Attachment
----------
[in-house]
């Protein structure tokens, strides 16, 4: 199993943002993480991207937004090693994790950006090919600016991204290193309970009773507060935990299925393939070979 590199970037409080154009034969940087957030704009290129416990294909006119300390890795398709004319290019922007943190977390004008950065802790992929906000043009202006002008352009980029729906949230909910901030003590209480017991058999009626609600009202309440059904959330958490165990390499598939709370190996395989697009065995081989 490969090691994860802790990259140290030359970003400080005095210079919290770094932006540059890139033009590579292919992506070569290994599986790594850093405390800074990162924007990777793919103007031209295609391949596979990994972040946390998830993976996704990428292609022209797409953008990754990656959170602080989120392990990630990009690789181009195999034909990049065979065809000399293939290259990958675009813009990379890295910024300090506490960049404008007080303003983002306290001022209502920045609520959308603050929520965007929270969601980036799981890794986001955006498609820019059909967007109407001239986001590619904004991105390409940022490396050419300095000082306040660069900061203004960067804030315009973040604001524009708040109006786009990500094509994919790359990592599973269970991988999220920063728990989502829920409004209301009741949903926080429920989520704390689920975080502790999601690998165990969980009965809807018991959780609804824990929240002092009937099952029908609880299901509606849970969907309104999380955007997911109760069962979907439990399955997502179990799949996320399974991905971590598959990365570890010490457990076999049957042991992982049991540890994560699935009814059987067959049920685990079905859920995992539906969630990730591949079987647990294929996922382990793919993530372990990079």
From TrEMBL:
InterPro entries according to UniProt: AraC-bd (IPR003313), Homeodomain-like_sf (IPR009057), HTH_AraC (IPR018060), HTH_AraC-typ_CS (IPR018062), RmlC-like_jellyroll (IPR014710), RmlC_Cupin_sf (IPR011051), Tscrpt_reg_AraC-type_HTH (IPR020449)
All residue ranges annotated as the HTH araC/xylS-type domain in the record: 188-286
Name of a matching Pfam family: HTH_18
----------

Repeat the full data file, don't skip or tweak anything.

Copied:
[in-house]
């Protein structure tokens, strides 16, 4: 199993943002993480991207937004090693994790950006090919600016991204290193309970009773507060935990299925393939070979 590199970037409080154009034969940087957030704009290129416990294909006119300390890795398709004319290019922007943190977390004008950065802790992929906000043009202006002008352009980029729906949230909910901030003590209480017991058999009626609600009202309440059904959330958490165990390499598939709370190996395989697009065995081989 490969090691994860802790990259140290030359970003400080005095210079919290770094932006540059890139033009590579292919992506070569290994599986790594850093405390800074990162924007990777793919103007031209295609391949596979990994972040946390998830993976996704990428292609022209797409953008990754990656959170602080989120392990990630990009690789181009195999034909990049065979065809000399293939290259990958675009813009990379890295910024300090506490960049404008007080303003983002306290001022209502920045609520959308603050929520965007929270969601980036799981890794986001955006498609820019059909967007109407001239986001590619904004991105390409940022490396050419300095000082306040660069900061203004960067804030315009973040604001524009708040109006786009990500094509994919790359990592599973269970991988999220920063728990989502829920409004209301009741949903926080429920989520704390689920975080502790999601690998165990969980009965809807018991959780609804824990929240002092009937099952029908609880299901509606849970969907309104999380955007997911109760069962979907439990399955997502179990799949996320399974991905971590598959990365570890010490457990076999049957042991992982049991540890994560699935009814059987067959049920685990079905859920995992539906969630990730591949079987647990294929996922382990793919993530372990990079």
From TrEMBL:
InterPro entries according to UniProt: AraC-bd (IPR003313), Homeodomain-like_sf (IPR009057), HTH_AraC (IPR018060), HTH_AraC-typ_CS (IPR018062), RmlC-like_jellyroll (IPR014710), RmlC_Cupin_sf (IPR011051), Tscrpt_reg_AraC-type_HTH (IPR020449)
All residue ranges annotated as the HTH araC/xylS-type domain in the record: 188-286
Name of a matching Pfam family: HTH_18